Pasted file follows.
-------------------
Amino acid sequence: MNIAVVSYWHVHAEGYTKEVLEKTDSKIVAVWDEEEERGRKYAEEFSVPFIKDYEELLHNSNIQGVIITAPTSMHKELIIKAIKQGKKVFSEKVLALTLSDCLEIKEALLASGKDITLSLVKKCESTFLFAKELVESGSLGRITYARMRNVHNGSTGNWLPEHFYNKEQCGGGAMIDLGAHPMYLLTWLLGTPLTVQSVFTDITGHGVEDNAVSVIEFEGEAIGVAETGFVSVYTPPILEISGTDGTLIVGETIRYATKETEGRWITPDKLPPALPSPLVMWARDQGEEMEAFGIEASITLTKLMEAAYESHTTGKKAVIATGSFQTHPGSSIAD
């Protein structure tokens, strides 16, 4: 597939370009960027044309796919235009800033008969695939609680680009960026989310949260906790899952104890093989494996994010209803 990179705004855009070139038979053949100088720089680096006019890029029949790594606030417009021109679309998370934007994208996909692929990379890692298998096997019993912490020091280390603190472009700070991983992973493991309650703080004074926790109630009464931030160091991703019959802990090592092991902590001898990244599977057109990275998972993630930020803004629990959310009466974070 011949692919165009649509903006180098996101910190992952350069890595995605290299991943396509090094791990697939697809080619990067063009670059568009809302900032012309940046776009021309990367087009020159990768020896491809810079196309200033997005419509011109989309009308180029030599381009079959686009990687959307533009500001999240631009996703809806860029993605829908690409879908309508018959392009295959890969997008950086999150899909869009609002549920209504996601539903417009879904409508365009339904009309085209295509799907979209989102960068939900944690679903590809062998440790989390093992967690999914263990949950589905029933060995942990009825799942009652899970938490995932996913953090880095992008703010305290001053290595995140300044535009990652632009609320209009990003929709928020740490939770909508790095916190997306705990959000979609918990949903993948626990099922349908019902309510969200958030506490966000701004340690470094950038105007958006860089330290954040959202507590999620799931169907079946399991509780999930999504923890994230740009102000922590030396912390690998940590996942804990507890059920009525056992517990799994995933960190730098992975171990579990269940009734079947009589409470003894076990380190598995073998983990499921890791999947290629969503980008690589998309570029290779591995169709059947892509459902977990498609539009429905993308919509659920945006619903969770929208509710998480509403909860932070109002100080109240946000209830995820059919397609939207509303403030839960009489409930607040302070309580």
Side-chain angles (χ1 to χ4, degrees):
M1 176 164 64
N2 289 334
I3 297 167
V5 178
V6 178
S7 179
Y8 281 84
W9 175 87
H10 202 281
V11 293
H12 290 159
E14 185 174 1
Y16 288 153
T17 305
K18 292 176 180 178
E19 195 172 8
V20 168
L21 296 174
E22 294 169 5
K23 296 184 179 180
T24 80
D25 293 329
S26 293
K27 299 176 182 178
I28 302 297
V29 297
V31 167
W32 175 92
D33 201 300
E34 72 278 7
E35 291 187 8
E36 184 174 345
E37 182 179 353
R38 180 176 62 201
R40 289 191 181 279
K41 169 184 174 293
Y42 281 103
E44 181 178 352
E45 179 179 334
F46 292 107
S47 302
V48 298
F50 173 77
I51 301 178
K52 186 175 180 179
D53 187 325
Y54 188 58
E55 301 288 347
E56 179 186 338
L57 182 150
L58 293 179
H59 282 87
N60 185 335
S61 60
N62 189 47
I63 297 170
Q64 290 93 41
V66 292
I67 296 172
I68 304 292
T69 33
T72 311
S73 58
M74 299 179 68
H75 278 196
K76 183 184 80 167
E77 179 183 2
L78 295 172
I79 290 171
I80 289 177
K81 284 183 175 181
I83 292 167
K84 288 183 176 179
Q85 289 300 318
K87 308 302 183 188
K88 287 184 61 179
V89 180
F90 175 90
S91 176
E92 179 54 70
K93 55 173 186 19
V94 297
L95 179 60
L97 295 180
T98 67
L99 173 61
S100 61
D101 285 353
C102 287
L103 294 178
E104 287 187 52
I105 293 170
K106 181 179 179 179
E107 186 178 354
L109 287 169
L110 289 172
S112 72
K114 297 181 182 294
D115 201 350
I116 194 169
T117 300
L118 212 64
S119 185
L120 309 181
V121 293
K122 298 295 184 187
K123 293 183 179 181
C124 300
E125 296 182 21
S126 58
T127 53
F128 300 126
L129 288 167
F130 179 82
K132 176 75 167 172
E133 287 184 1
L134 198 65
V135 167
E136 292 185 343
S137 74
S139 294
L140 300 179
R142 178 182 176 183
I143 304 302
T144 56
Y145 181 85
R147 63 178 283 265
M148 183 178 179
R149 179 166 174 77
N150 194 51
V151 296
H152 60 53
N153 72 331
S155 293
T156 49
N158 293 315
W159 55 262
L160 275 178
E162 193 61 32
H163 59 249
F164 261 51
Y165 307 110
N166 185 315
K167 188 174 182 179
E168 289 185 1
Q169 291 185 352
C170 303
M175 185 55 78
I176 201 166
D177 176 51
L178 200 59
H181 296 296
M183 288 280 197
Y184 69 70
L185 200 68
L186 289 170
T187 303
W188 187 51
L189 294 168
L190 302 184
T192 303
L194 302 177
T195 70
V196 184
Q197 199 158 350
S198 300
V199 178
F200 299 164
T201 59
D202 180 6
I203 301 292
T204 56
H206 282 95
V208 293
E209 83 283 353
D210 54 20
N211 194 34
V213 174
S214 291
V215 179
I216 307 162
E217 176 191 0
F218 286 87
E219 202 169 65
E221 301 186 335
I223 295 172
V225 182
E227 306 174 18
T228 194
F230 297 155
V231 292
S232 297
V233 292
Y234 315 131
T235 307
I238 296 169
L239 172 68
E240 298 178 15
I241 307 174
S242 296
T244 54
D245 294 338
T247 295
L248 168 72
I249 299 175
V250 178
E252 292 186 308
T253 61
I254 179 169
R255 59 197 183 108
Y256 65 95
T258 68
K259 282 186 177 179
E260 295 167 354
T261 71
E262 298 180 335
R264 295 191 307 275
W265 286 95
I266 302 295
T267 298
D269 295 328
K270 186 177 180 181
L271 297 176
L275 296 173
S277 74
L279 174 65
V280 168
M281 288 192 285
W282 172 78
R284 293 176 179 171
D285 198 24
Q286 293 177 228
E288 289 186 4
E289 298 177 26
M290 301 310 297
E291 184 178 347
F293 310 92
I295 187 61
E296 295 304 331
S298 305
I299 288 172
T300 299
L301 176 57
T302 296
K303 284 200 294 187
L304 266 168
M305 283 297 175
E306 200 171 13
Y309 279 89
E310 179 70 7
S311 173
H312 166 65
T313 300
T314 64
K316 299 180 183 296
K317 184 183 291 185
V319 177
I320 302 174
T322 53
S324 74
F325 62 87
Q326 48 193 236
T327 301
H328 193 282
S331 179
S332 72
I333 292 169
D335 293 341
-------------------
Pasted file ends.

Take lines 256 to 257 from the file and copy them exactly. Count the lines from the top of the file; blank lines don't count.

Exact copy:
T313 300
T314 64